05/30/2014 05:40 pm ET Updated Dec 06, 2017

The Two Different Meanings of a Breakup


Breakups can have two distinctly different meanings. They can be exactly what they are, or the opposite of what they seem to be. A breakup can mean, "I'm done here. It's really over." Or, it can be a plea for love that's really saying, "I love you. You're hurting me. I want to stay with you but I feel scared, insecure and unappreciated. Step up to the plate and prove that you love me or I'll be forced to breakup with you."

How do you know the correct message within a breakup speech? How can you tell if it's definitive, or a threat set up as a test?

You need to know your partner's disposition and commitment in order to decipher the truth of their underlying feelings. The "breakup threat" can be a plea for help covered by layers of hurt and anger. They don't really want to end the affair. They want to stop the pain they're feeling. Lovers are prone to take this action when confused and frustrated. It's a last-ditch effort to get their needs met. As the recipient of this threat, you're being challenged to step up your game or lose your mate. You're being asked to fight for the love you share, because by all outer appearances you're getting lazy, unappreciative, vacillating or backing off.

It's imperative to read the underlying emotional markers. Whenever in doubt, ask. Don't assume what you're hearing is the absolute truth. Take your time. Try to listen, rather than react out of your own fear. To falsely read the meaning of a breakup as concrete is to disallow the possibility of another hidden message.

One version of a plea for love is what I call the "pre-emptive" breakup. It's most likely to occur when your partner realizes they really care about you. Fearing they've passed their own emotional limits of control, this breakup serves as a protective means of escape from the possibility of future hurt. It's a defensive move. But it's played out from an offensive position.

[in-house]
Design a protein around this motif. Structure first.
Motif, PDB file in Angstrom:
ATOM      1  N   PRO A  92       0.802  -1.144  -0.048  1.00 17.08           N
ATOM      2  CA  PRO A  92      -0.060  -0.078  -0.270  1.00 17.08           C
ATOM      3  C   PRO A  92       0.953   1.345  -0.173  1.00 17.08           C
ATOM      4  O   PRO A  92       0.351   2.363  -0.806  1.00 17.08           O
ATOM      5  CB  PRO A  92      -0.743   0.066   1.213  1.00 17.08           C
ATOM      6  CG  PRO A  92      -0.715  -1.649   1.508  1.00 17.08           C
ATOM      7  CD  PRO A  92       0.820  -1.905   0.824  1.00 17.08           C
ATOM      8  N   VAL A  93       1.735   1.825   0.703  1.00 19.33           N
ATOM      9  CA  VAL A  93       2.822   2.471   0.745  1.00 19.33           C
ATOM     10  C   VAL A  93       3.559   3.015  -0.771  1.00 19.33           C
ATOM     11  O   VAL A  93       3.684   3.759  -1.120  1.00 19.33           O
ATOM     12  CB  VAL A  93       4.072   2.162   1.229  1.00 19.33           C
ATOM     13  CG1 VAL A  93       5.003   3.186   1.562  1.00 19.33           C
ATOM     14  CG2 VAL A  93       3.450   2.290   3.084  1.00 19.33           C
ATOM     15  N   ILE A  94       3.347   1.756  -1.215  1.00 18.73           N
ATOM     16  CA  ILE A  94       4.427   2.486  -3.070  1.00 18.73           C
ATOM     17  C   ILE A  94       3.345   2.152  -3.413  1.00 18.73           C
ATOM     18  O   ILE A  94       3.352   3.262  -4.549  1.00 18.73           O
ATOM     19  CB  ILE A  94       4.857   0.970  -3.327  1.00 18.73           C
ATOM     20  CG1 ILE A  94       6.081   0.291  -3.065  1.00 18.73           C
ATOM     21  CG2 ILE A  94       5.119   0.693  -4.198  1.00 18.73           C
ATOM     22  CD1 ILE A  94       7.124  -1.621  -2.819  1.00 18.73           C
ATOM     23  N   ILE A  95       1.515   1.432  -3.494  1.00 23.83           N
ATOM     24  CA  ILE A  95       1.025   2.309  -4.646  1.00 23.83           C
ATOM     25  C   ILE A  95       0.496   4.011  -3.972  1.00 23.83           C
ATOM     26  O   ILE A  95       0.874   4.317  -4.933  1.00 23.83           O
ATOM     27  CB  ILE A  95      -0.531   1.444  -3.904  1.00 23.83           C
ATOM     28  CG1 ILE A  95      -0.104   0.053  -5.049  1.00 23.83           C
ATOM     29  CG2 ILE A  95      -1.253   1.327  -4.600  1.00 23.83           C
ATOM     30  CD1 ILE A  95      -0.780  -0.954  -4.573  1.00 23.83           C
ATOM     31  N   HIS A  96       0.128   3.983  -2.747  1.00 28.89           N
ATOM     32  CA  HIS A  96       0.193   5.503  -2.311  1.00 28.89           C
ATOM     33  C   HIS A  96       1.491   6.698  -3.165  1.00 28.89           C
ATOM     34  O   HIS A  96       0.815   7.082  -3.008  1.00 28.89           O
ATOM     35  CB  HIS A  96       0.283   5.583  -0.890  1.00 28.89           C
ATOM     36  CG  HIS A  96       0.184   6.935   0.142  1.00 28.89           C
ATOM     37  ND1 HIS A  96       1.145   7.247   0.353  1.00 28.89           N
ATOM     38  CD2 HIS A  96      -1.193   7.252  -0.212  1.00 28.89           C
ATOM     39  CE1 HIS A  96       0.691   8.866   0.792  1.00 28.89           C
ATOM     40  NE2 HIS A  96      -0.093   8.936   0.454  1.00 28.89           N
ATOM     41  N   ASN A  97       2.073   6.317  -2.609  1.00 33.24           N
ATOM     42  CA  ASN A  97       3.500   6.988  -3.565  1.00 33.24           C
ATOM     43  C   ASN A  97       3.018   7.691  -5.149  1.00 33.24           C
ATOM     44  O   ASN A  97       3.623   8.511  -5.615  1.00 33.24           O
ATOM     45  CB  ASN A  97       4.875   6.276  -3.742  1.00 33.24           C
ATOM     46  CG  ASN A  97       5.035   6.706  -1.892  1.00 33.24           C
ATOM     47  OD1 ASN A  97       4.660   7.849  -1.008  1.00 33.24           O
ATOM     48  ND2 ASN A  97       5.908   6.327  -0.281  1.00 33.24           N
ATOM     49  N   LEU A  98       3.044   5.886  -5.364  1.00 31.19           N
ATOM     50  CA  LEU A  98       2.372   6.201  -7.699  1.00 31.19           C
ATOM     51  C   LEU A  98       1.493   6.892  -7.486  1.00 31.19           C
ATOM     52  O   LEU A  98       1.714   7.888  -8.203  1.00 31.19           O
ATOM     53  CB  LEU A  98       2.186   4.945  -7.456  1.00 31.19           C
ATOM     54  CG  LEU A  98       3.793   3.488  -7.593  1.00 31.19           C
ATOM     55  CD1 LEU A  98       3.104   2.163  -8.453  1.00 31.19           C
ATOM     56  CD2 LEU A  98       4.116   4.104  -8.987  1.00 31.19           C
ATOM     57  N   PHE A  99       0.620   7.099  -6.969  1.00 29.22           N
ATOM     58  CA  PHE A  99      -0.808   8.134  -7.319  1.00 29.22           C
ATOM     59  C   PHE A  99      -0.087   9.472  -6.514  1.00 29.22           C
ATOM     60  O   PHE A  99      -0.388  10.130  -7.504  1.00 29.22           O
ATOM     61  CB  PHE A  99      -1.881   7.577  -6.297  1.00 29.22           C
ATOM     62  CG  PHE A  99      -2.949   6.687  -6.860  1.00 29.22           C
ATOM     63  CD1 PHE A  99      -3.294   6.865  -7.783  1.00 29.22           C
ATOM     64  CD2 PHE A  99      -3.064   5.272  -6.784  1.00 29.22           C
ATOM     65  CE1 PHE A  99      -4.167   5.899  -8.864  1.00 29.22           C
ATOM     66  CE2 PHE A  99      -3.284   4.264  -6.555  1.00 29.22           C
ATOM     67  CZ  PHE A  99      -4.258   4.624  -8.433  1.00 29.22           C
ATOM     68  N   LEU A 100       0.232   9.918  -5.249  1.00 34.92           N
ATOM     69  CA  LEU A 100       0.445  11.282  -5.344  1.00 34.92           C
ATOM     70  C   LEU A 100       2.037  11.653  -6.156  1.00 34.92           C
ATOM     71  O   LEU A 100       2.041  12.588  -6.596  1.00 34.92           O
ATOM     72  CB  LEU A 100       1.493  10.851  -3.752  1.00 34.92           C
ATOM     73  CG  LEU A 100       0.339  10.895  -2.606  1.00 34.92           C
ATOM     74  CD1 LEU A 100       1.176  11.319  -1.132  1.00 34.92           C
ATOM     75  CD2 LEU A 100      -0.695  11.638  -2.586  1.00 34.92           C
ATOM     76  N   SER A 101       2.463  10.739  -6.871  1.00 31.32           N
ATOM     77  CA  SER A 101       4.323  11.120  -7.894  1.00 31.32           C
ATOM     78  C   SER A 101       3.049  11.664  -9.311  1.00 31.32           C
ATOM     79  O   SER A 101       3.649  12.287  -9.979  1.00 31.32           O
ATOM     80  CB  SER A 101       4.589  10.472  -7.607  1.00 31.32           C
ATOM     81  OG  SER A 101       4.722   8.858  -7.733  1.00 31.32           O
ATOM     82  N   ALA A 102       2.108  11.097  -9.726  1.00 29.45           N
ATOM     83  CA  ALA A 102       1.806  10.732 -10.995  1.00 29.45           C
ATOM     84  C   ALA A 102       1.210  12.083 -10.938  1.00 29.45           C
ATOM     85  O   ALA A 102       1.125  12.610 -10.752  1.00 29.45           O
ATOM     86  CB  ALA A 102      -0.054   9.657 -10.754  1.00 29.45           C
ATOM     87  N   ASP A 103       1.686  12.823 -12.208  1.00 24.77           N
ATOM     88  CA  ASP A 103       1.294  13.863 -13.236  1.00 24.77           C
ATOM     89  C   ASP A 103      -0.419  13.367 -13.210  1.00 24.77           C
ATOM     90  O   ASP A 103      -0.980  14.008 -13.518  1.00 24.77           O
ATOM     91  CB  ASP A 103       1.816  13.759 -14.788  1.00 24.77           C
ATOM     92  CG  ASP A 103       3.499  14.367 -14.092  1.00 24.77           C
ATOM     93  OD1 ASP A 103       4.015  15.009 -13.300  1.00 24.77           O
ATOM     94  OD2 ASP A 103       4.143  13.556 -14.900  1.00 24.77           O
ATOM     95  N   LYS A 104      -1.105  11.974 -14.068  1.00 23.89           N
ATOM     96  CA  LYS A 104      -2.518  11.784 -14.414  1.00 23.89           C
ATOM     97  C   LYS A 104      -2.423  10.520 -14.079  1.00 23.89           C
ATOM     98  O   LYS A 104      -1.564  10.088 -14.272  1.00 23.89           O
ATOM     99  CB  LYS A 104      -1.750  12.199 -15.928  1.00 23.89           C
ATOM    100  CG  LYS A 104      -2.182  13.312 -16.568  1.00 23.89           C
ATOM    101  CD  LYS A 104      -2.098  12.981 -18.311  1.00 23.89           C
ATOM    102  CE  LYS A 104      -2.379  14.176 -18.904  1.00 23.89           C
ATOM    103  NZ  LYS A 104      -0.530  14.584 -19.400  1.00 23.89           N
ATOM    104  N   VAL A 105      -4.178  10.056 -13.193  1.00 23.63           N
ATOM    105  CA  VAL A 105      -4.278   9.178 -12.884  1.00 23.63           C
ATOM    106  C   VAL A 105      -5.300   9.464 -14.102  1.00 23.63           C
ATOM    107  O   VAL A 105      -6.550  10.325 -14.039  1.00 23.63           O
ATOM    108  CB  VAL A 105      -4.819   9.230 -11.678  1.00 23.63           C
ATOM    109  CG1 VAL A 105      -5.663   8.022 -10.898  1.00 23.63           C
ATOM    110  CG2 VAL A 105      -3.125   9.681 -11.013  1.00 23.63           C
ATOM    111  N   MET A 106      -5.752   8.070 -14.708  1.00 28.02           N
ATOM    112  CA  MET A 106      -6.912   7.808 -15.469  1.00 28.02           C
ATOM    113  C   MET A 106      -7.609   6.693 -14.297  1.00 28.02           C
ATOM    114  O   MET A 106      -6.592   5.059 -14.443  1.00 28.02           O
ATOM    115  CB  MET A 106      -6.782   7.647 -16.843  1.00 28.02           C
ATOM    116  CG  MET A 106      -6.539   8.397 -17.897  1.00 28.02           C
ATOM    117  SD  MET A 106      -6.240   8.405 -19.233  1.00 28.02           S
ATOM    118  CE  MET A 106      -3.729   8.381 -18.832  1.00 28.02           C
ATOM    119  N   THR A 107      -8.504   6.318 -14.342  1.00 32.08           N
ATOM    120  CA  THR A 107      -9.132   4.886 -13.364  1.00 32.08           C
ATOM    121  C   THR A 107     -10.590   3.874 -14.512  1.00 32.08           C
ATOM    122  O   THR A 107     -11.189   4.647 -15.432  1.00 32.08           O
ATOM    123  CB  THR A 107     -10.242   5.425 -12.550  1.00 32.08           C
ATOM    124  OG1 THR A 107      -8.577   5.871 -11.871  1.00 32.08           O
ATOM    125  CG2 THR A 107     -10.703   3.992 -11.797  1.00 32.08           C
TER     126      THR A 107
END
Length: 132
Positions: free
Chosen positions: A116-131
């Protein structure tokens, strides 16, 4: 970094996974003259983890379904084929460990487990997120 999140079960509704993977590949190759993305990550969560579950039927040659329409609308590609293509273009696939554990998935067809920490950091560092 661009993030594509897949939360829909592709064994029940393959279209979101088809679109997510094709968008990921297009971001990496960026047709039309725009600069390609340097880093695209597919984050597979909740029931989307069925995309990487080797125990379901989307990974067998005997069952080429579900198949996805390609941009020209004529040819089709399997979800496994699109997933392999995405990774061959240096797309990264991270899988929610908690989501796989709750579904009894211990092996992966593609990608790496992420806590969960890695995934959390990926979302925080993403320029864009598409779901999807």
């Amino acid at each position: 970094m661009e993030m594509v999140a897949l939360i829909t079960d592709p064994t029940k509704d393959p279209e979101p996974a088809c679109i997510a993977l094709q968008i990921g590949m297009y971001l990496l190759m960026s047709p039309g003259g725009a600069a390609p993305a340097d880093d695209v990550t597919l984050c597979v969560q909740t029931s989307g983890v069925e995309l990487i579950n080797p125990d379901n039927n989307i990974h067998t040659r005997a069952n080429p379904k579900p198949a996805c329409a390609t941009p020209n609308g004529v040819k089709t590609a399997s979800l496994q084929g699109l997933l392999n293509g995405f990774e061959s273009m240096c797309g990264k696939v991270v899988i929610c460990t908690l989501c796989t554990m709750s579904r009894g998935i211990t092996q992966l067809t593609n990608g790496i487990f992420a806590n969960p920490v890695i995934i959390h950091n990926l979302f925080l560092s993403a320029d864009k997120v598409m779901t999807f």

If you think your partner may be playing this move in reaction to his or her own fears, talk it through. Remain calm and grounded. You'll get better results and more information. Reassure your mate. Let them know that you, too, have moments of fear and all of this is completely normal. Talk about any problems they express and be open to listening. You'll be able to figure out what adjustments can be made in order to provide greater reassurance.

False breakups are in highest occurrence when the relationship leaves the honeymoon phase and things get real. Partners begin to let down their guard and quit pretending to be who you want them to be. This critical juncture is a time of tremendous internal and external change. Re-calibrations need to be made as each party secures their own identity, boundaries and goals. These adjustments are natural to a relationship that's growing. Power shifts are being stabilized. Balance is coming into alignment.

Love never comes with a guarantee and control is never a given. The nature of partnership carries all of our feelings, including our hopes and fears. When fear is triggered, the ego kicks into high gear to guard us. Many breakups could be avoided if we had enough of the real information we need from our partner and if we're able to keep our own emotional balance in that communication.

When is a breakup a real breakup and when is it a cry for love? Ask, if you don't know. Ask, if you care to know. If it's really over, at least you know that as well. If there's anything that can be done to reconnect to your partner, asking what is needed will provide the information you seek. Either way, the answers to the truth of the matter will appear. For good or bad, preferred or not preferred, you'll know where you stand and what step to next take.